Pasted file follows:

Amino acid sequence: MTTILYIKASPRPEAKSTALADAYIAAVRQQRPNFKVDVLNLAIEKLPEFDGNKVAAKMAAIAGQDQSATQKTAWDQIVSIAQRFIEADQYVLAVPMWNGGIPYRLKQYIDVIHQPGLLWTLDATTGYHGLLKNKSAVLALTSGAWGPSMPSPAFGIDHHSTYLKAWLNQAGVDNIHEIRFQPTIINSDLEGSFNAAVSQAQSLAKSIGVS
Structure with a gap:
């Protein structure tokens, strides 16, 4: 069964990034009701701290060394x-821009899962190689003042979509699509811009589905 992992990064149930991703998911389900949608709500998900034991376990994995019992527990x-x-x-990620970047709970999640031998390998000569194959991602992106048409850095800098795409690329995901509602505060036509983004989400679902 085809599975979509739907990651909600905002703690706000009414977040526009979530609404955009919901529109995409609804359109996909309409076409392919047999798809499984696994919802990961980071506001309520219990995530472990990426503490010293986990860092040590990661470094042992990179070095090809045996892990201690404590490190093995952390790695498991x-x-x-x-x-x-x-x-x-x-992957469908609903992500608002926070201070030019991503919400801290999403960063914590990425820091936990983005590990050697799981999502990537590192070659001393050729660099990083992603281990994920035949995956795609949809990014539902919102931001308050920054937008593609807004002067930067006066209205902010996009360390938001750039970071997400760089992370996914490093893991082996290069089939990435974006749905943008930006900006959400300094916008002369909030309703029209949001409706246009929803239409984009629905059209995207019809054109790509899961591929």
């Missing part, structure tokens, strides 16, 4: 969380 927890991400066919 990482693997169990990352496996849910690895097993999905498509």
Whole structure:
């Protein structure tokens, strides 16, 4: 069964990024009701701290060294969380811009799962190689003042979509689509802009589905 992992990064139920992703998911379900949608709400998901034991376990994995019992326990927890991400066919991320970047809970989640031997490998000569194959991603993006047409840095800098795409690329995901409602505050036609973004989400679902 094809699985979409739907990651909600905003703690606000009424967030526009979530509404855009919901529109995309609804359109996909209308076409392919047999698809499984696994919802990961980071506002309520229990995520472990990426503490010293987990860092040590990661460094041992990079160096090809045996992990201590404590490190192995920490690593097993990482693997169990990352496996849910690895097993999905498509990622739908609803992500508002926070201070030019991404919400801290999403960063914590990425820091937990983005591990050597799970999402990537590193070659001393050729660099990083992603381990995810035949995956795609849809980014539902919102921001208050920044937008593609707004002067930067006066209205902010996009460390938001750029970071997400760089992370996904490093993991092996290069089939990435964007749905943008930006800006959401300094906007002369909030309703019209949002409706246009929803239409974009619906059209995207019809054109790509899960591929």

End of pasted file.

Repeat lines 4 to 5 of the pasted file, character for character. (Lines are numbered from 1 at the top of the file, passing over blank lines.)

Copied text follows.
């Missing part, structure tokens, strides 16, 4: 969380 927890991400066919 990482693997169990990352496996849910690895097993999905498509």
Whole structure: